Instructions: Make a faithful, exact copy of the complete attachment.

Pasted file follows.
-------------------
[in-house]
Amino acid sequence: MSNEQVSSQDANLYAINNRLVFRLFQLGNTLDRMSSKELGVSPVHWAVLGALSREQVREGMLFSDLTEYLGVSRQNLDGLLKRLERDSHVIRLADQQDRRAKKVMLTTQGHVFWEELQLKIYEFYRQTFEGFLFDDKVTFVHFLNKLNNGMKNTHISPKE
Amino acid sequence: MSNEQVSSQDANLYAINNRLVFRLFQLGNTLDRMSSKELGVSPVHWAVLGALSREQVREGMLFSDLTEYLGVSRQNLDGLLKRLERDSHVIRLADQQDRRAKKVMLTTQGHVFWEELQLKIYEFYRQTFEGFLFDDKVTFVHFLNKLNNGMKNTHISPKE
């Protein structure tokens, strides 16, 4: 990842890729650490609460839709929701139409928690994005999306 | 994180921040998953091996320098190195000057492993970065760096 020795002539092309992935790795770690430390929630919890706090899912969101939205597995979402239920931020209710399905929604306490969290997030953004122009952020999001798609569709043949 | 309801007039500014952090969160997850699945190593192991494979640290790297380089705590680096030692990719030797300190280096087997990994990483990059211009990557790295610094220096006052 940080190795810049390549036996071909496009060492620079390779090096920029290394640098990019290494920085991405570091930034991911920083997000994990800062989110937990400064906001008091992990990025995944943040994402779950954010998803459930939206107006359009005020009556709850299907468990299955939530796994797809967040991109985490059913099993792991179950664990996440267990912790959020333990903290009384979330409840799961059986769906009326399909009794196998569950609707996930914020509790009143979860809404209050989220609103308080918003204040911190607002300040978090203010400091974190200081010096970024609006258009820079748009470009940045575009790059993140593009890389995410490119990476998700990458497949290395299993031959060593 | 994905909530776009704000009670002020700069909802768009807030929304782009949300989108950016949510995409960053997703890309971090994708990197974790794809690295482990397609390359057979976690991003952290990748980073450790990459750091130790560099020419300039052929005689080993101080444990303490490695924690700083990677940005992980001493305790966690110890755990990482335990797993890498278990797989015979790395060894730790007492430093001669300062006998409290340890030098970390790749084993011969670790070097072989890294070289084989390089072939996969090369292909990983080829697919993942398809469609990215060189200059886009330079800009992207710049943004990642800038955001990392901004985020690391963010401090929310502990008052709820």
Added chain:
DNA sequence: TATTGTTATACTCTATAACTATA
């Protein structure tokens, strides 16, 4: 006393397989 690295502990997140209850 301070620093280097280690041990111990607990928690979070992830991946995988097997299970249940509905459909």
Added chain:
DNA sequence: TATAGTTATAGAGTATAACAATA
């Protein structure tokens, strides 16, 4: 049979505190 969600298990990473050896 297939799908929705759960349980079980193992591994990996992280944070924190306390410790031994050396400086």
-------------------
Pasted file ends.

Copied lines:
[in-house]
Amino acid sequence: MSNEQVSSQDANLYAINNRLVFRLFQLGNTLDRMSSKELGVSPVHWAVLGALSREQVREGMLFSDLTEYLGVSRQNLDGLLKRLERDSHVIRLADQQDRRAKKVMLTTQGHVFWEELQLKIYEFYRQTFEGFLFDDKVTFVHFLNKLNNGMKNTHISPKE
Amino acid sequence: MSNEQVSSQDANLYAINNRLVFRLFQLGNTLDRMSSKELGVSPVHWAVLGALSREQVREGMLFSDLTEYLGVSRQNLDGLLKRLERDSHVIRLADQQDRRAKKVMLTTQGHVFWEELQLKIYEFYRQTFEGFLFDDKVTFVHFLNKLNNGMKNTHISPKE
């Protein structure tokens, strides 16, 4: 990842890729650490609460839709929701139409928690994005999306 | 994180921040998953091996320098190195000057492993970065760096 020795002539092309992935790795770690430390929630919890706090899912969101939205597995979402239920931020209710399905929604306490969290997030953004122009952020999001798609569709043949 | 309801007039500014952090969160997850699945190593192991494979640290790297380089705590680096030692990719030797300190280096087997990994990483990059211009990557790295610094220096006052 940080190795810049390549036996071909496009060492620079390779090096920029290394640098990019290494920085991405570091930034991911920083997000994990800062989110937990400064906001008091992990990025995944943040994402779950954010998803459930939206107006359009005020009556709850299907468990299955939530796994797809967040991109985490059913099993792991179950664990996440267990912790959020333990903290009384979330409840799961059986769906009326399909009794196998569950609707996930914020509790009143979860809404209050989220609103308080918003204040911190607002300040978090203010400091974190200081010096970024609006258009820079748009470009940045575009790059993140593009890389995410490119990476998700990458497949290395299993031959060593 | 994905909530776009704000009670002020700069909802768009807030929304782009949300989108950016949510995409960053997703890309971090994708990197974790794809690295482990397609390359057979976690991003952290990748980073450790990459750091130790560099020419300039052929005689080993101080444990303490490695924690700083990677940005992980001493305790966690110890755990990482335990797993890498278990797989015979790395060894730790007492430093001669300062006998409290340890030098970390790749084993011969670790070097072989890294070289084989390089072939996969090369292909990983080829697919993942398809469609990215060189200059886009330079800009992207710049943004990642800038955001990392901004985020690391963010401090929310502990008052709820």
Added chain:
DNA sequence: TATTGTTATACTCTATAACTATA
């Protein structure tokens, strides 16, 4: 006393397989 690295502990997140209850 301070620093280097280690041990111990607990928690979070992830991946995988097997299970249940509905459909």
Added chain:
DNA sequence: TATAGTTATAGAGTATAACAATA
């Protein structure tokens, strides 16, 4: 049979505190 969600298990990473050896 297939799908929705759960349980079980193992591994990996992280944070924190306390410790031994050396400086």